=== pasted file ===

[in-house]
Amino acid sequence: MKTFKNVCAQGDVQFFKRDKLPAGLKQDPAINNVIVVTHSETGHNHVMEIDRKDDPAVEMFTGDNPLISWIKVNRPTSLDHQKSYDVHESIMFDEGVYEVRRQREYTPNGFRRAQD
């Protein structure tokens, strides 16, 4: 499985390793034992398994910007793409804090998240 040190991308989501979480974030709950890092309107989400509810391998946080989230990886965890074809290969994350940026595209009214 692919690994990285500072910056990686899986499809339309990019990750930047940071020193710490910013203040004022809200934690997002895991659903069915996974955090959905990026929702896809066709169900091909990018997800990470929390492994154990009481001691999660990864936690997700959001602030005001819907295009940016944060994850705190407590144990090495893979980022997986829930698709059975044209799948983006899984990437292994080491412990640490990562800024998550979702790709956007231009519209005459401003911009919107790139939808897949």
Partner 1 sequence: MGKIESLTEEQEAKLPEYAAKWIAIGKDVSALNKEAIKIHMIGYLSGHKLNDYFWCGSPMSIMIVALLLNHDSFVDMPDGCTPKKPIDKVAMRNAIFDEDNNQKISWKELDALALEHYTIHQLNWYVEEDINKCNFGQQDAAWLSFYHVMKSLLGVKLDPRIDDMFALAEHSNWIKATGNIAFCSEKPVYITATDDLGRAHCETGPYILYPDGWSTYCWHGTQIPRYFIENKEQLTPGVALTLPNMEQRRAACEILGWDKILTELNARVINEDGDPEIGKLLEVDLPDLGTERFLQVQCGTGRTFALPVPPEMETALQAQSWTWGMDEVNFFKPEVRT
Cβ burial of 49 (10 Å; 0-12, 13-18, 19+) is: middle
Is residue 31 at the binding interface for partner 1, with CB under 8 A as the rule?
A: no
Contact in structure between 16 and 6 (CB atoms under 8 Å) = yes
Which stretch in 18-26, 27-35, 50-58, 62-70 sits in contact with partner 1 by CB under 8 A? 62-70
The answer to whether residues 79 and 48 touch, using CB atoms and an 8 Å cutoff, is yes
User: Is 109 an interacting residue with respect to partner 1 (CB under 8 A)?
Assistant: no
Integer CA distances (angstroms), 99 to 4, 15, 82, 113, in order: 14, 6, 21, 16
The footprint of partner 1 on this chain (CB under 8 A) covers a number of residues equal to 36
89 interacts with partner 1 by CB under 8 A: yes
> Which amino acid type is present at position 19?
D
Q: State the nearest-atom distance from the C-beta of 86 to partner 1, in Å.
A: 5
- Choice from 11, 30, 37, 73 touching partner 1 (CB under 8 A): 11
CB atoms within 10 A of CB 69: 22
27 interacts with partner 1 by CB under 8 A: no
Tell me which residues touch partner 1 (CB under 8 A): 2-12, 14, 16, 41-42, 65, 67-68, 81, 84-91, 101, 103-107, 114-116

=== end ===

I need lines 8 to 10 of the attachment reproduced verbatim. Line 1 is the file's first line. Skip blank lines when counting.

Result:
Contact in structure between 16 and 6 (CB atoms under 8 Å) = yes
Which stretch in 18-26, 27-35, 50-58, 62-70 sits in contact with partner 1 by CB under 8 A? 62-70
The answer to whether residues 79 and 48 touch, using CB atoms and an 8 Å cutoff, is yes